63%…

Cinder clenched her jaw. Someone had been there before—in her head. A fact never forgotten, always ignored. Some surgeon, some stranger, opening her skull and inserting their made-up system of wires and conductors while she had lain helpless beneath them. Someone had altered her brain. Someone had altered her.

78%…

She choked on the scream that tried to burble out of her. It was painless. Painless. But someone was in her head. Inside her. An invasion. A violation. She tried to jerk away, but the android held her firm.

“Get out!” The scream echoed back to her off the cold walls.

SCAN COMPLETED.

The med-droid disconnected the prongs. Cinder lay trembling, her heart crushed against her ribcage.

The med-droid didn’t bother to close the panel in the back of her head.

Cinder hated it. Hated Adri. Hated the mad voice behind the mirror. Hated the nameless people who had turned her into this.

“Thank you for that stellar cooperation,” said the disembodied voice. “It will take just a minute for us to record your cybernetic makeup, and then we’ll proceed. Please make yourself comfortable.”

Cinder ignored him, face turned away from the mirror. It was one of those rare moments she was glad to have no tear ducts, otherwise she was sure she’d be a sniveling disaster, and she would have hated herself all the more for it.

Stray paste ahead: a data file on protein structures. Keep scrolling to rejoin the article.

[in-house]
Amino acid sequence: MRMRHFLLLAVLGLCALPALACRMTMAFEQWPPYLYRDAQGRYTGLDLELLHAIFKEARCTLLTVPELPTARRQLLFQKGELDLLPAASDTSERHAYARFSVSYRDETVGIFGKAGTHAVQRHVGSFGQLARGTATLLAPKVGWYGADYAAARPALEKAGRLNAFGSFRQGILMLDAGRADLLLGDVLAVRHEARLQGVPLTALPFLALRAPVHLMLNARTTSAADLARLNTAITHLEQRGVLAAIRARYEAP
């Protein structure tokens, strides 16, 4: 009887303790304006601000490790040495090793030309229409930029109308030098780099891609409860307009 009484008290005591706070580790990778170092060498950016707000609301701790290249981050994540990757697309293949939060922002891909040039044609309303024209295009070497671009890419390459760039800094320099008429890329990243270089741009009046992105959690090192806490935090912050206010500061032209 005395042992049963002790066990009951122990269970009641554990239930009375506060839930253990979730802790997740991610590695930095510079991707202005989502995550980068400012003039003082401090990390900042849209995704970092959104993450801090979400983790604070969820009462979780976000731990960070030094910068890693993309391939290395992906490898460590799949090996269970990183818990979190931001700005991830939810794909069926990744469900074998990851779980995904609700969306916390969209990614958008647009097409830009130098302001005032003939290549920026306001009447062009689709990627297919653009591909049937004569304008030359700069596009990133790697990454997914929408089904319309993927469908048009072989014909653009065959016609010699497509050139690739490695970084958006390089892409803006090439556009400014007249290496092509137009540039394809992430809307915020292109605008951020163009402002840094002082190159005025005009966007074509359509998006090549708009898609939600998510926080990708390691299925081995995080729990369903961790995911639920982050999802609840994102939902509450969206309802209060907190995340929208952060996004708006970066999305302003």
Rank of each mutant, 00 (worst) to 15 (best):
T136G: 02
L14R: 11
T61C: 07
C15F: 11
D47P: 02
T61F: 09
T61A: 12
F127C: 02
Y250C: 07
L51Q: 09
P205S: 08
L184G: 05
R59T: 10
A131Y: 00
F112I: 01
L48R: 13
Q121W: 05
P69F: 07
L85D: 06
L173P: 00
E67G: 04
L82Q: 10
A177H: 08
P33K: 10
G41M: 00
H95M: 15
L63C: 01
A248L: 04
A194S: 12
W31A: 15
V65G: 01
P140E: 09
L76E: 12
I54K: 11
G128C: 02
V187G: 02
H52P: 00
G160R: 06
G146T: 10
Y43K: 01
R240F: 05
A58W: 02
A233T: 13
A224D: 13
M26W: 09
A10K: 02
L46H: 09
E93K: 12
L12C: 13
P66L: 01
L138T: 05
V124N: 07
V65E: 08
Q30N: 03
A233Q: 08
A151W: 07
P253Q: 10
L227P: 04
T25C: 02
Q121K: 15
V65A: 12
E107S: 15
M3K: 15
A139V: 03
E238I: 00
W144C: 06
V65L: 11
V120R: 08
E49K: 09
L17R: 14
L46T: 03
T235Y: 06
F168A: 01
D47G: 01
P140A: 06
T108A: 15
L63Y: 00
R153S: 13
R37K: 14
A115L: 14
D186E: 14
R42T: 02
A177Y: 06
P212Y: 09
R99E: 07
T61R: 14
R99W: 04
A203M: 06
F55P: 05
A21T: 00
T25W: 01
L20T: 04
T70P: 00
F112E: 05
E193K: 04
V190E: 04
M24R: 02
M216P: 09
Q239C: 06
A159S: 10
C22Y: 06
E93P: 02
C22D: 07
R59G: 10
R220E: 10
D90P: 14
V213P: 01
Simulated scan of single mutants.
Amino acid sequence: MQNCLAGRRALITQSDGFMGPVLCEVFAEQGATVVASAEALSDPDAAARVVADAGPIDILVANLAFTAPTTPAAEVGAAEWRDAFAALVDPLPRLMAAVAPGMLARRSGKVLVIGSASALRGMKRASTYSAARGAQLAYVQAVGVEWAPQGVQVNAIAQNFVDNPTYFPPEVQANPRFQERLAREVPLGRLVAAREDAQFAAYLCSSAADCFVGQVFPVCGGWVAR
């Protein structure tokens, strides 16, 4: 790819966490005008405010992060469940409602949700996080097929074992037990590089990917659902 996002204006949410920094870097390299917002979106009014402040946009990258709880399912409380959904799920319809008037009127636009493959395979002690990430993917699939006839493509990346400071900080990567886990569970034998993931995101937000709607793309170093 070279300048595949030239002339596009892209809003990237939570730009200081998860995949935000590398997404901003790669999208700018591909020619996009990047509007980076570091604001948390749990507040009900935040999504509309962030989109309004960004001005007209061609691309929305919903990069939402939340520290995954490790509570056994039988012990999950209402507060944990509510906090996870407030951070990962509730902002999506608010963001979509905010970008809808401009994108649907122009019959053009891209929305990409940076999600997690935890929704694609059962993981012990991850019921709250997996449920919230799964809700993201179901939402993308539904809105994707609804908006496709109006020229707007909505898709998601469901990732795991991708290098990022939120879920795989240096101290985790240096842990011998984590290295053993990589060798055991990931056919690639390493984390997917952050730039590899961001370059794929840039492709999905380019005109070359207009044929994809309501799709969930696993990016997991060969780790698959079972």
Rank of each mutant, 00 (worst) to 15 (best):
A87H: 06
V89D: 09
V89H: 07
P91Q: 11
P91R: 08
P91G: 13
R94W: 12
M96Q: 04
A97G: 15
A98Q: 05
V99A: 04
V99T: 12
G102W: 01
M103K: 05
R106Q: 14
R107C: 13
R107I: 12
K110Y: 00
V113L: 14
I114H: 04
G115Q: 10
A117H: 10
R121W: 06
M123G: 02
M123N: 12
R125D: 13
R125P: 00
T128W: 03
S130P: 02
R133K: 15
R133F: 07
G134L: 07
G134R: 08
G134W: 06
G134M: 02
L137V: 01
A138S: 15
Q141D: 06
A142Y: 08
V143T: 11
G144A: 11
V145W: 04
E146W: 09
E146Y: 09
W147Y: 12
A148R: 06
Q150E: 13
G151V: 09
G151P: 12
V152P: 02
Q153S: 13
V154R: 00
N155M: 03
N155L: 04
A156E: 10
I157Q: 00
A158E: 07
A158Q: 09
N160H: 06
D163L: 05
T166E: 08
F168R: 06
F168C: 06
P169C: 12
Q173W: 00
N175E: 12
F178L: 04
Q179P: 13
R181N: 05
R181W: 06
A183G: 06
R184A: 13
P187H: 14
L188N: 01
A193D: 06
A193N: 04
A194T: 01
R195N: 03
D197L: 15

She could still hear voices over the speakers, but their words consisted of muttered scientific lingo she didn’t understand. The med-droid was bustling around behind her, putting the ratio detector away. Readying her next instrument of torture.

Cinder opened her eyes. The netscreen on the wall had changed, no longer showing her life stats. Her ID number was still at the top, headlining a holographic diagram.

Of a girl.

A girl full of wires.

It was as if someone had chopped her down the middle, dividing her front half from her back half, and then put her cartoonish image into a medical textbook. Her heart, her brain, her intestines, her muscles, her blue veins. Her control panel, her synthetic hand and leg, wires that trailed from the base of her skull all the way down her spine and out to her prosthetic limbs. The scar tissue where flesh met metal. A small dark square in her wrist—her ID chip.

But those things she had known. Those things she had expected.

She had not known about the metal vertebrae along her spine, or the four metal ribs, or the synthetic tissue around her heart, or the metal splints along the bones in her right leg.

The bottom of the screen was labeled:

RATIO: 36.28%

She was 36.28 percent not human.

“Thank you for your patience,” came the voice, startling her. “As you’ve no doubt noticed, you are quite the exemplary model of modern science, young lady.”

“Leave me alone,” she whispered.

“What’s going to happen next is that the med-droid is going to inject you with a one-tenth solution of letumosis microbes. They’ve been magnetically tagged and so will appear bright green on the holographic diagram, in real time. Once your body enters into the first stage of the disease, your immune system will kick in and try to destroy the microbes, but it will fail. Your body will then proceed to stage two of the disease, which is of course where we see the bruise-like spots on your skin. At that point, we will inject you with our most recent batch of antibodies, which, if we’ve succeeded, will permanently disable the pathogens. Abracadabra, you’ll be home in time for dumplings. Are you ready?”